Clan of Xymox: "Enchant me, mesmerize me..."

Twist of ShadowsIn den 80ern galt Clan Of Xymox als kontinentales Bindeglied zwischen Dead Can Dance und den Cocteau Twins und schaffte es mit der Mischung aus Synths und Gitarren sowohl Waver als auch die EBM-Fraktion zu begeistern. Aber schon früh zeichnete sich ab, dass der Underground-Status für die Band zu eng war und zum Ende der 80er wurden sie heftig von den Major-Labels umworben. Clan Of Xymox unterschrieben schließlich bei Wing/Polygram, verkürzten den Namen zu Xymox und veränderten damit auch ihren Sound in Richtung eines tanzbaren Wave-Pops. Nach 2 Alben (und insgesamt über 400.000 verkauften Exemplaren) war Schluss, die Originalbesetzung der Band, bestehend aus Anke Wolbert und Pieter Nooten zerbrach, das Wing-Label wurde geschlossen und Ronny Moorings machte fortan als Xymox alleine weiter. Mit den Neunziger kam Grunge und Manchester-Rave - Wave und Gothic war "dated". Diese Entwicklungen gingen nicht an Xymox vorüber und Ronny Moorings experimentierte mit Techno-Sounds und -strukturen, allerdings mit unterschiedlichem Erfolg (unterschätzt, weil sehr gut, ist das Headclouds-Album). Außerhalb von England nahm zu dieser Zeit kaum noch einer Notiz von der Band, zu sehr saßen Xymox zwischen allen Stühlen.

Mitte der Neunziger wurde es dann gänzlich still um die Band. 1997 dann die Überraschung: Clan Of Xymox sind zurück, die Experimente unter dem Namen Xymox sind vorbei. Ronny Moorings berief sich wieder auf seine Wave- und Gothic-Wurzeln und dem Sound der 4AD-Phase. Auf den folgenden 4 Alben präsentierten sich COX dunkler als je zuvor. Während viele alte Bands nur noch ihre größten Erfolge aufwärmen, entwickeln COX seither ihren Stil mit neuen Einflüssen aus dem Dark-Bereich fort und geben so der Szene die nötigen Impulse. Nebenbei legt Ronny noch als DJ auf Gothic Parties auf und organisierte im Amsterdamer Paradiso die vielbeachteten GothAM Parties.

20 Jahre nach der Gründung brachten Clan Of Xymox am 13.09 einen Rückblick auf ihr Schaffen in Form einer "Best of" heraus. Auf dieser CD sind die beliebtesten Stücke der Clan Of Xymox-Phase enthalten, welche die Fans im Internet wählen durften. Als Besonderheit wurden die 4AD-Stücke neu eingespielt. Gründe genug um mit Ronny Moorings über die neue CD und 20 Jahre Xymox zu sprechen.

How did you come to the idea to release a "best of" album now? You already released a Live CD as a kind of best of album in 2000?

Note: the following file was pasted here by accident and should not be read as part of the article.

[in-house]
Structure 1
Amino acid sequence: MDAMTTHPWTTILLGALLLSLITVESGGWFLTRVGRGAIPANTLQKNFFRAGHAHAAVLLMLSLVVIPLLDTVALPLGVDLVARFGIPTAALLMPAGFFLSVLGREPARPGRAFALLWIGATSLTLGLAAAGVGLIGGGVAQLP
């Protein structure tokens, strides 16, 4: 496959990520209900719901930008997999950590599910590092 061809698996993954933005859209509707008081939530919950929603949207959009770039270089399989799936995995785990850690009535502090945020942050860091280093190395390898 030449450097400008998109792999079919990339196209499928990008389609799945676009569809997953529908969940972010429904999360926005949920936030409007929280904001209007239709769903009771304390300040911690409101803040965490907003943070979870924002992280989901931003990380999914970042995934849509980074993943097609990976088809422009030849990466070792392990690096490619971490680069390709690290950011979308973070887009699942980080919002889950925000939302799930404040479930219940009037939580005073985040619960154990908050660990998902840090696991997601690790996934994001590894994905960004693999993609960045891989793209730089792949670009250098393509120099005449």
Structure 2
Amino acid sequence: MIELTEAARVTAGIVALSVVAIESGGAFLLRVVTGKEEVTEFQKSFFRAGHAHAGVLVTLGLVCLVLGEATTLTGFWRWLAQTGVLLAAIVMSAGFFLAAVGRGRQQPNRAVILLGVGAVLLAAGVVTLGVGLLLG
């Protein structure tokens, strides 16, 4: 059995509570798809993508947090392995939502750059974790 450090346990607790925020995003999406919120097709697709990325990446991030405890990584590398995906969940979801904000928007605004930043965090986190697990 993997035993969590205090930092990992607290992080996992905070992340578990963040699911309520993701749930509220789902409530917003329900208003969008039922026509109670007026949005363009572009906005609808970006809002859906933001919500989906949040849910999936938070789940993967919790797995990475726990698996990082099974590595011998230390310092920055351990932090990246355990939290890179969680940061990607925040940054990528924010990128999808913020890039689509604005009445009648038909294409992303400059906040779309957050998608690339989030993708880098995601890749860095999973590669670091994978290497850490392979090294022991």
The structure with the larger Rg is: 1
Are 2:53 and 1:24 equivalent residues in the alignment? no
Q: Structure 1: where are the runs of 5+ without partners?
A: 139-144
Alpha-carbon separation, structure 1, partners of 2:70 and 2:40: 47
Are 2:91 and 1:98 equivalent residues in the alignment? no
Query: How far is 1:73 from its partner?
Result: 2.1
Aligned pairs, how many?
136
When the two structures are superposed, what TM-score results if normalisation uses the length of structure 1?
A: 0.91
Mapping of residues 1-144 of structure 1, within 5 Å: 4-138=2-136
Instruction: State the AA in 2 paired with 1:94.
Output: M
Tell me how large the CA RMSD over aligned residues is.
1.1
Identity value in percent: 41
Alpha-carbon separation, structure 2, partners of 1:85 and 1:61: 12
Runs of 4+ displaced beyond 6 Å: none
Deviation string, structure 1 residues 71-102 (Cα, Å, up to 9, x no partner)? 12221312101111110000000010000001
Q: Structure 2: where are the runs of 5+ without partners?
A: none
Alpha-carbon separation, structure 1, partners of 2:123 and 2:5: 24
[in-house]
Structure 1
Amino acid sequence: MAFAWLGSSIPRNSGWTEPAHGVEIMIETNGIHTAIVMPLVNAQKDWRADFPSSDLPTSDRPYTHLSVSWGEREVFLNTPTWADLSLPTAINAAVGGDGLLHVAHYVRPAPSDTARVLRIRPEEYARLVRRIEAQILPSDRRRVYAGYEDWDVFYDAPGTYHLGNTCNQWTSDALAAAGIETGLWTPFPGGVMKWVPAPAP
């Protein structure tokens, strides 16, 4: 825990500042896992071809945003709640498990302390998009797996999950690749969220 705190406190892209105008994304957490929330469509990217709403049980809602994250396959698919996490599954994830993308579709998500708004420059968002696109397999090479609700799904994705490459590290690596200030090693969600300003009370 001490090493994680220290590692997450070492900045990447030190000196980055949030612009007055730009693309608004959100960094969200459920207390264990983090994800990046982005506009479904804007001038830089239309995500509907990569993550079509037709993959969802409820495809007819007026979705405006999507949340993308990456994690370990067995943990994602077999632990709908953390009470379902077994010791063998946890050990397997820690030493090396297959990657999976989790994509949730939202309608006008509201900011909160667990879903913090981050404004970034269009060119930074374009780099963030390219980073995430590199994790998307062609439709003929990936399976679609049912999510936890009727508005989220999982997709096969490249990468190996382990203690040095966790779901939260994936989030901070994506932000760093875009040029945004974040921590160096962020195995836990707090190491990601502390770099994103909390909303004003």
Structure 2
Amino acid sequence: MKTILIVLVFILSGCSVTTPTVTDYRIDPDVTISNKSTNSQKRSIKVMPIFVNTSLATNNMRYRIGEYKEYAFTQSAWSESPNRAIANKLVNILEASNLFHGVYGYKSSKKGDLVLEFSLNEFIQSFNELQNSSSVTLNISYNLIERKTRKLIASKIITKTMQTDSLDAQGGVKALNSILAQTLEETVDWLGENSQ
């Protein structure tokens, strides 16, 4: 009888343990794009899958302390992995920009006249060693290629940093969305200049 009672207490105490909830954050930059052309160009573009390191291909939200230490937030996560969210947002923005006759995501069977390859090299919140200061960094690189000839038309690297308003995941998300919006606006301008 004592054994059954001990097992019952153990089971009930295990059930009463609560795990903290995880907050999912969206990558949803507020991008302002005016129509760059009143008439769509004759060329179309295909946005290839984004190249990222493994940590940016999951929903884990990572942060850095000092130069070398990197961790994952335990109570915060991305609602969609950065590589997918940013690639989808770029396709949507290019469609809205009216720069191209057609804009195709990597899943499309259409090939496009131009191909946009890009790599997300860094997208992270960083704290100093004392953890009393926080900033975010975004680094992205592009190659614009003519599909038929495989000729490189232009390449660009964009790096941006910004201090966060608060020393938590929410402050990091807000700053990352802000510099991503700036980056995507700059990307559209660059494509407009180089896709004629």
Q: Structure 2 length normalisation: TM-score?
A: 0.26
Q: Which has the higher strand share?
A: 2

Anke & Ronny (1989)Ronny Moorings:
Actually it was a spontaneous decision, I was actually working on new material and a DVD when the question came from Steph of Pandaimonium records, reminding me we never had an album out with the highlights of Clan Of Xymox combined all in one album, and with the 20 years of our existence it would be a great offering for all our fans and also a great sampler for people who maybe want to know our music without having to buy each album to get an idea. Of course I hope they will get encouraged by this album to get further into our releases, so this might also be a good incentive. It does not compare with the LIVE album we released in 2002, which is of course a LIVE album and not a Best Of, there is of course a big difference between live recordings and studio recordings so I don't think you can compare the two, also we are a few albums further now....

Your fans had the chance to decide alongside with you about the song selection via internet. How important, do you think, is the interaction with your fans?

Ronny Moorings:
Interaction with the fans is very important, after all they are the ones supporting our band. Indeed we let our fans vote on our website, and judging by their enthusiastic reactions and choices I think the end result will be highly satisfactory for everyone. Of course I have a good idea of what our fans want to hear since we hear during our live songs the reactions on the songs we play and the shouted requests, so we took the majority votes for the songs to be included on the Best Of COX I re-recorded the songs from the 4AD period so it will add an extra dimension to this album, with exclusive recorded songs and some songs I will mixed again as well.

Why did you re-record the old 4AD songs? Did you import the songs in an original way or are those versions modified new ones? How did it feel to record the old songs with the new studio technology?

Ronny Moorings:
Actually I did not change the original version. I can't blame you for thinking this because a lot of bands do change a track if they would re-record an old track. On the contrary what most bands would do I made sure I left all the atmosphere, style, beat, keys etc. intact, matter of fact is that I took great care in finding all the samples, old keyboards, my effect pedals for the guitar etc. in order to be as exact as possible if not even spot on. The only thing what I found the most important to improve was the vocals. The instrumentation is exactly the same, I only left out here and there some messy bits which irritated me on the old albums. To me the vocals were a serious point for me, I think I sing them over the years way better then when I started with the band, so in short we all win with these new recordings!